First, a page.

(Underway, 163 Nautical Miles)
No one would be surprised to hear our night shifting schedule is set so that Gregory is up during all prime fishing times. This essentially means he gets sunset and sunrise. It’s during that last shift of the night, when the sun is showing its welcome face, that Greg is up and carrying out the morning rituals; turn off the navigation lights, get all five of his fishing lines in the water, and do a deck lap collecting all the suicidal squid and flying fish.
In the dark of the night, the squid and flying fish are attracted to our running lights – that and they’re just unlucky. They leap onto the deck and maroon themselves there destined for certain death. Once and awhile you’ll be sitting in the salon and hear a hollow thud against the forward vertical windows. If you scramble out on deck in time you’ll find a stunned flying fish, wings outstretched, trying to flop back to the wet world it came from. A quick flick of their tail seaward and they’ve got a new lease on life; and as an added bonus, you can continue your night shift feeling like a good samaritan of the ocean.
The not so lucky ones are collected each morning in the telling light. Their stiff bodies vary in size from wee minnows to near footlong creatures and can be found anywhere and everywhere aboard. Forward deck, aft deck, trampoline, and cockpit. These crafty fliers even find their way into the anchor locker and the stack of buckets under the outside table. Their fate sealed hours ago, Greg chucks them back into the ocean to, no doubt, someone’s benefit below.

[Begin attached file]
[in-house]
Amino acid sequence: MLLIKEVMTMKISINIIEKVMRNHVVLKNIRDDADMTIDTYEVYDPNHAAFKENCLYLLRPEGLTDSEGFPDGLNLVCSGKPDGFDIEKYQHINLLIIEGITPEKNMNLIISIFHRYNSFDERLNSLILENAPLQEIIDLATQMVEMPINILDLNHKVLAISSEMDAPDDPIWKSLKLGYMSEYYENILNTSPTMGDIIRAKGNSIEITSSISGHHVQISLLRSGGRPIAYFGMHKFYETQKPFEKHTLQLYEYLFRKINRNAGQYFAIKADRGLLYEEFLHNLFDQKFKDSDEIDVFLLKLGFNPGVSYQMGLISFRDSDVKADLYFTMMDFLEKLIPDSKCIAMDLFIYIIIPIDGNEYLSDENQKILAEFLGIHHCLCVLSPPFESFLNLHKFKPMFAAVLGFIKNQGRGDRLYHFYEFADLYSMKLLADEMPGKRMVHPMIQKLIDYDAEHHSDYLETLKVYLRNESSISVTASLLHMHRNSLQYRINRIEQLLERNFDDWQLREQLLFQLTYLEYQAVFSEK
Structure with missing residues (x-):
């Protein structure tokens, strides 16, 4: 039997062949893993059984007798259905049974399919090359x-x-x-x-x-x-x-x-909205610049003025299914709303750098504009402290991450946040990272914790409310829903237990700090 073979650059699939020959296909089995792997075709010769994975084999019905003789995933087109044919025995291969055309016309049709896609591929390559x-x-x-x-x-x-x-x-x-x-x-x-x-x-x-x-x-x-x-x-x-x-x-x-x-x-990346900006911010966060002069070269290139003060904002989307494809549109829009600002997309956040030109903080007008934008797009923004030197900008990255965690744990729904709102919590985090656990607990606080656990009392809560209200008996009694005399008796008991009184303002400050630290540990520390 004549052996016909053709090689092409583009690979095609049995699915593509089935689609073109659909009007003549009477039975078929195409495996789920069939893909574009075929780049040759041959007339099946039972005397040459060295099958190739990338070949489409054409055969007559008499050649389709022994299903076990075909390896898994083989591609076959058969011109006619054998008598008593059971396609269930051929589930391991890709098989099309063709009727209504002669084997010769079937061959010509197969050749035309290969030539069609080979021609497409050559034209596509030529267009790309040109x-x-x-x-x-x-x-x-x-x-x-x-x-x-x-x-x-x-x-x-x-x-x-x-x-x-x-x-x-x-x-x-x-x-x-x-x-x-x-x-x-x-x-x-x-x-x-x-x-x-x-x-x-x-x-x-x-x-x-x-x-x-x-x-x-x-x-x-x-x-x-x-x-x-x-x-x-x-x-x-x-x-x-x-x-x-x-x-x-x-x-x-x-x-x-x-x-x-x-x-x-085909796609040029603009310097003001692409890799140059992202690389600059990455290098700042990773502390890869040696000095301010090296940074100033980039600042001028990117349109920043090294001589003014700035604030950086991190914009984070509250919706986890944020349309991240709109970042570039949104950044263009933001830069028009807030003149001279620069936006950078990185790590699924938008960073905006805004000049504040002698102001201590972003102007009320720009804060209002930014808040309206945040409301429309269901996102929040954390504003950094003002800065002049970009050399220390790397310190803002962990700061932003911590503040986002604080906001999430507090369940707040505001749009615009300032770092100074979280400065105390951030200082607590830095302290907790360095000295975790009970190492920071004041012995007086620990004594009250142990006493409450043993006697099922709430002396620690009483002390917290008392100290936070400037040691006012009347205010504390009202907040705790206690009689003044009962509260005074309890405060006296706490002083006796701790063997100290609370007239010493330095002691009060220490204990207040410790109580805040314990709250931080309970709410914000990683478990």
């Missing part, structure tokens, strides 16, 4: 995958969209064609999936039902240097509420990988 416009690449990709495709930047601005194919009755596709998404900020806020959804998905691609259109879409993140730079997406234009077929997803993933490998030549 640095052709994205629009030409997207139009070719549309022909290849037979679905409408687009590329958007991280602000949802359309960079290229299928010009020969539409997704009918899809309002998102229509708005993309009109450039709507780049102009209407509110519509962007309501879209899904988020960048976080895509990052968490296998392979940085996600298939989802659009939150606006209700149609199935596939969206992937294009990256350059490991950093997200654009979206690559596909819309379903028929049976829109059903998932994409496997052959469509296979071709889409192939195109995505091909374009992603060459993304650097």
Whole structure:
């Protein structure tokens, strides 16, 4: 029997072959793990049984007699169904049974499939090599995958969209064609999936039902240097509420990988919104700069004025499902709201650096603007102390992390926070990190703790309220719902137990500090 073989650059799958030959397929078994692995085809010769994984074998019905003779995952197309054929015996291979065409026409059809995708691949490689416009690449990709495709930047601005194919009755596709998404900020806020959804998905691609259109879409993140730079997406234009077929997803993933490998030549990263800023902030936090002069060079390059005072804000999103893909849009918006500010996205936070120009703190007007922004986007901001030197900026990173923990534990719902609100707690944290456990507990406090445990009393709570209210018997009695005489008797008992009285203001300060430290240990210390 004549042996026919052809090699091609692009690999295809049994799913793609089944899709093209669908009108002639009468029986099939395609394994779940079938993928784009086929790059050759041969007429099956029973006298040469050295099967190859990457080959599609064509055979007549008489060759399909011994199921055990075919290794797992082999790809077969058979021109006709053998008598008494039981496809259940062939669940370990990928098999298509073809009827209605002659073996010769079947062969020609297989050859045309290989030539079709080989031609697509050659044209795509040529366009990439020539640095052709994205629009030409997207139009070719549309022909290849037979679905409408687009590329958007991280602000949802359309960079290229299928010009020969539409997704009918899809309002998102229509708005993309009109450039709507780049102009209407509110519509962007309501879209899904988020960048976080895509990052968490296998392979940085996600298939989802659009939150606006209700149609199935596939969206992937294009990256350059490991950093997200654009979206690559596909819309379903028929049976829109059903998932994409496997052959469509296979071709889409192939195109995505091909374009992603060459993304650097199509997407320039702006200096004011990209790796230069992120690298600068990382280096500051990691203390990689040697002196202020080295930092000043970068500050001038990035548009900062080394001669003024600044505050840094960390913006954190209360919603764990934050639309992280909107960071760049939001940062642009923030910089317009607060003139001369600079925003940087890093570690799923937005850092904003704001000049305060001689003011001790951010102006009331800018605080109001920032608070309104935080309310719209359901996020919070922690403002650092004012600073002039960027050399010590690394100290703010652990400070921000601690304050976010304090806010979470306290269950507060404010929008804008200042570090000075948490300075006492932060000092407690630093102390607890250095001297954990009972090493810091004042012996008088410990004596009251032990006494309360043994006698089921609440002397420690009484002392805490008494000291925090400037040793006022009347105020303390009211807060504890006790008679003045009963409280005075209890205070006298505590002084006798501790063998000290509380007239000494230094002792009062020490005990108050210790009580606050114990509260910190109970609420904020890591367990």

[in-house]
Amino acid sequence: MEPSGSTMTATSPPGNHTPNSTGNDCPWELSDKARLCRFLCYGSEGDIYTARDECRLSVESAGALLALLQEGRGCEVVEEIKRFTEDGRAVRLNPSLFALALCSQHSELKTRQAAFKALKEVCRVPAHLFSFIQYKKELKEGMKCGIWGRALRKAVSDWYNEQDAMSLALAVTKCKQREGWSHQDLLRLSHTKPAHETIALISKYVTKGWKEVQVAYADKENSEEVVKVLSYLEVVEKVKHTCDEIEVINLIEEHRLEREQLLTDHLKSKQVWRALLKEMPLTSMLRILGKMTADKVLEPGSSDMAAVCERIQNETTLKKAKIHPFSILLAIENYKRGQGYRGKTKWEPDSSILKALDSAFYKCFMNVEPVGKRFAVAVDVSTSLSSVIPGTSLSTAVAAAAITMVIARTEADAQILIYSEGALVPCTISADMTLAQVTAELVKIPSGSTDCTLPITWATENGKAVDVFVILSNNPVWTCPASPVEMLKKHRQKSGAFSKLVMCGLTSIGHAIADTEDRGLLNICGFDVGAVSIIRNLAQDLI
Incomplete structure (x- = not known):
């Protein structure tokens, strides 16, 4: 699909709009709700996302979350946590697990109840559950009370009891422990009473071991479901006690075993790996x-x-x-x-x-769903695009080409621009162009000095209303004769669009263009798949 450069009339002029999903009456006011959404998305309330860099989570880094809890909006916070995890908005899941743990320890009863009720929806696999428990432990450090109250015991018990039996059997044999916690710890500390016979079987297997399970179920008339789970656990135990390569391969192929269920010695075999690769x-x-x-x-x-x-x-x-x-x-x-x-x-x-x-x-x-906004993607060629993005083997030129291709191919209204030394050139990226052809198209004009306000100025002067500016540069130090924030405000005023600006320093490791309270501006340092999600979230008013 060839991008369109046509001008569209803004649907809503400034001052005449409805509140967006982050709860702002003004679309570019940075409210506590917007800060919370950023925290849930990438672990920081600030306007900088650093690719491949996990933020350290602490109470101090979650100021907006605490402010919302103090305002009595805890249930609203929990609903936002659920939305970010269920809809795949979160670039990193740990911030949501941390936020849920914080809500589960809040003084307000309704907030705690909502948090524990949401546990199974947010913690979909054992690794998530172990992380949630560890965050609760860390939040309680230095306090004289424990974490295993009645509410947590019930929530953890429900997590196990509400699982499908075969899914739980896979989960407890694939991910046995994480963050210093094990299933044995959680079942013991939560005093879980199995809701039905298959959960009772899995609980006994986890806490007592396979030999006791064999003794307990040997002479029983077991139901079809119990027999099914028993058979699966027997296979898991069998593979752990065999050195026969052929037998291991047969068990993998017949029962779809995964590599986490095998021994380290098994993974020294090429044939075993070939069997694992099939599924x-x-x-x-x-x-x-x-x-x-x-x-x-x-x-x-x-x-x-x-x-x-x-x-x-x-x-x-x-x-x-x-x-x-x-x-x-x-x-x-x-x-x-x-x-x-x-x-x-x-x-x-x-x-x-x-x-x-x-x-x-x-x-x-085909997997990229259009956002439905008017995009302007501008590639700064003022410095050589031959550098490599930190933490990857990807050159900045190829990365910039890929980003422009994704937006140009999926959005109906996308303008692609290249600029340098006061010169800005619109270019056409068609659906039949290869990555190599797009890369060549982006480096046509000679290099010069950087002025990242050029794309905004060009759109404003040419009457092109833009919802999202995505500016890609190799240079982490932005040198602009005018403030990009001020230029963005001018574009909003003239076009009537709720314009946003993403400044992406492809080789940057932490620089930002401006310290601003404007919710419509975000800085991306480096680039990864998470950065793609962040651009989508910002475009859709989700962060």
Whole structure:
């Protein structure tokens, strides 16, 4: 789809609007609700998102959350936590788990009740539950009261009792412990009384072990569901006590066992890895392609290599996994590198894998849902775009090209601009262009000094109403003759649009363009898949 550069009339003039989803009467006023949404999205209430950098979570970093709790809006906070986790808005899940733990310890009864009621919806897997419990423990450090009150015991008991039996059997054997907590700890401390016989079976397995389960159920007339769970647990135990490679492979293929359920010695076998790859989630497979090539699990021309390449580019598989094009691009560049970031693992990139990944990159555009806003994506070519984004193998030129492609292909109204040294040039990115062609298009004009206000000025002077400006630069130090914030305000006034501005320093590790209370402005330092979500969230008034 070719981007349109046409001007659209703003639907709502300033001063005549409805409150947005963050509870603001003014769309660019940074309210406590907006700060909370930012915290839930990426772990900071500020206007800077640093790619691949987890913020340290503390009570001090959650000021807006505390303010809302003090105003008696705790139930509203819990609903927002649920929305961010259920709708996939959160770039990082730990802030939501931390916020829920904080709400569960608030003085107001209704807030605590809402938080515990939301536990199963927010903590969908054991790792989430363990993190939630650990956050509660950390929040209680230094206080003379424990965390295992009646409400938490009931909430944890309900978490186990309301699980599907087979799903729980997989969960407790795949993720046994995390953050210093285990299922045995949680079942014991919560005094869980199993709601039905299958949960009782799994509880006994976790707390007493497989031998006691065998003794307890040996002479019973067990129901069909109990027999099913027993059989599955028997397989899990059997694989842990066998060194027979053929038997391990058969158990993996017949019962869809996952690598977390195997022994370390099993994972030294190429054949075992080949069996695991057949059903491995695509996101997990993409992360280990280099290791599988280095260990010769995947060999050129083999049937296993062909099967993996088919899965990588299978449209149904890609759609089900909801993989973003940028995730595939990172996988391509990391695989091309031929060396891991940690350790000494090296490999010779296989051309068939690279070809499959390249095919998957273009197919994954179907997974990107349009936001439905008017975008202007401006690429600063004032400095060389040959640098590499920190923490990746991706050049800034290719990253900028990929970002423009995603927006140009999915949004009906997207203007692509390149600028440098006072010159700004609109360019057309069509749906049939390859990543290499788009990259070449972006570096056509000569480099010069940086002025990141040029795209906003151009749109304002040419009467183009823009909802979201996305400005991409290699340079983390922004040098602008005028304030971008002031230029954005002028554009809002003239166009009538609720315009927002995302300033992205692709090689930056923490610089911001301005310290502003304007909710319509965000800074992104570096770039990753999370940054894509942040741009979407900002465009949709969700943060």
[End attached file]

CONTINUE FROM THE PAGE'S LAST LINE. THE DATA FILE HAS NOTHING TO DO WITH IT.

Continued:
From dawn flying fish to dusk fighting fish, the rods let out their piercing scream this evening and the battle was on. As each rod began to dump its line at an alarming pace we barely managed to get the boat slowed down in time to save what little was left. With the jib furled and our SOG slowed Greg was able to get the rods under control. Unfortunately the hooked fish on the starboard rod managed to free itself early in the battle, but Greg prevailed on the port rod and reeled in a meaty skipjack tuna.